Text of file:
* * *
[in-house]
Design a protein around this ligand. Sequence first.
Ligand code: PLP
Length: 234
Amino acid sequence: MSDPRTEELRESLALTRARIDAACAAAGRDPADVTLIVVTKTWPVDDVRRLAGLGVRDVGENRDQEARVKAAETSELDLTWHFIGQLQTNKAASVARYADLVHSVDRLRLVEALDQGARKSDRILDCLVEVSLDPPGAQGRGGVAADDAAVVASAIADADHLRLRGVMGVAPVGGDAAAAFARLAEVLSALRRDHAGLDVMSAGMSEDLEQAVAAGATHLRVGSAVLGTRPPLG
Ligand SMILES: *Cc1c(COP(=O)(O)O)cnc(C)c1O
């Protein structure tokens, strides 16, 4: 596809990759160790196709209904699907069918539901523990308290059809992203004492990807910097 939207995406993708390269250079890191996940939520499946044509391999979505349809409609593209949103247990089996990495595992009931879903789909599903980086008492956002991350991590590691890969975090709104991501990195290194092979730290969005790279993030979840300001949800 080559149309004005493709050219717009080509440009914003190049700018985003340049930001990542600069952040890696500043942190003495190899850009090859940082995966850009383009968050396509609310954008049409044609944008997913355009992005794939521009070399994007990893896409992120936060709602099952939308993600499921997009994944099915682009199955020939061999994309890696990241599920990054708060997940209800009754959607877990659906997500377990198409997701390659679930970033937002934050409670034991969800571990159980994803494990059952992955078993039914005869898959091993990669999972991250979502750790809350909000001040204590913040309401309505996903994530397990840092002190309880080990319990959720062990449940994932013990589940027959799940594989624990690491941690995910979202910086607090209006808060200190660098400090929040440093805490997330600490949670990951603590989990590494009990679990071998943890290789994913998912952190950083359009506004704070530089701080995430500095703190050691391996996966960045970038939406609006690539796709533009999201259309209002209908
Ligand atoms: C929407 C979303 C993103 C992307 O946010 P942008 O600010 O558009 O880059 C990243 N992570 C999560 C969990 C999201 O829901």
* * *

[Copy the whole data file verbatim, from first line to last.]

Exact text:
[in-house]
Design a protein around this ligand. Sequence first.
Ligand code: PLP
Length: 234
Amino acid sequence: MSDPRTEELRESLALTRARIDAACAAAGRDPADVTLIVVTKTWPVDDVRRLAGLGVRDVGENRDQEARVKAAETSELDLTWHFIGQLQTNKAASVARYADLVHSVDRLRLVEALDQGARKSDRILDCLVEVSLDPPGAQGRGGVAADDAAVVASAIADADHLRLRGVMGVAPVGGDAAAAFARLAEVLSALRRDHAGLDVMSAGMSEDLEQAVAAGATHLRVGSAVLGTRPPLG
Ligand SMILES: *Cc1c(COP(=O)(O)O)cnc(C)c1O
């Protein structure tokens, strides 16, 4: 596809990759160790196709209904699907069918539901523990308290059809992203004492990807910097 939207995406993708390269250079890191996940939520499946044509391999979505349809409609593209949103247990089996990495595992009931879903789909599903980086008492956002991350991590590691890969975090709104991501990195290194092979730290969005790279993030979840300001949800 080559149309004005493709050219717009080509440009914003190049700018985003340049930001990542600069952040890696500043942190003495190899850009090859940082995966850009383009968050396509609310954008049409044609944008997913355009992005794939521009070399994007990893896409992120936060709602099952939308993600499921997009994944099915682009199955020939061999994309890696990241599920990054708060997940209800009754959607877990659906997500377990198409997701390659679930970033937002934050409670034991969800571990159980994803494990059952992955078993039914005869898959091993990669999972991250979502750790809350909000001040204590913040309401309505996903994530397990840092002190309880080990319990959720062990449940994932013990589940027959799940594989624990690491941690995910979202910086607090209006808060200190660098400090929040440093805490997330600490949670990951603590989990590494009990679990071998943890290789994913998912952190950083359009506004704070530089701080995430500095703190050691391996996966960045970038939406609006690539796709533009999201259309209002209908
Ligand atoms: C929407 C979303 C993103 C992307 O946010 P942008 O600010 O558009 O880059 C990243 N992570 C999560 C969990 C999201 O829901």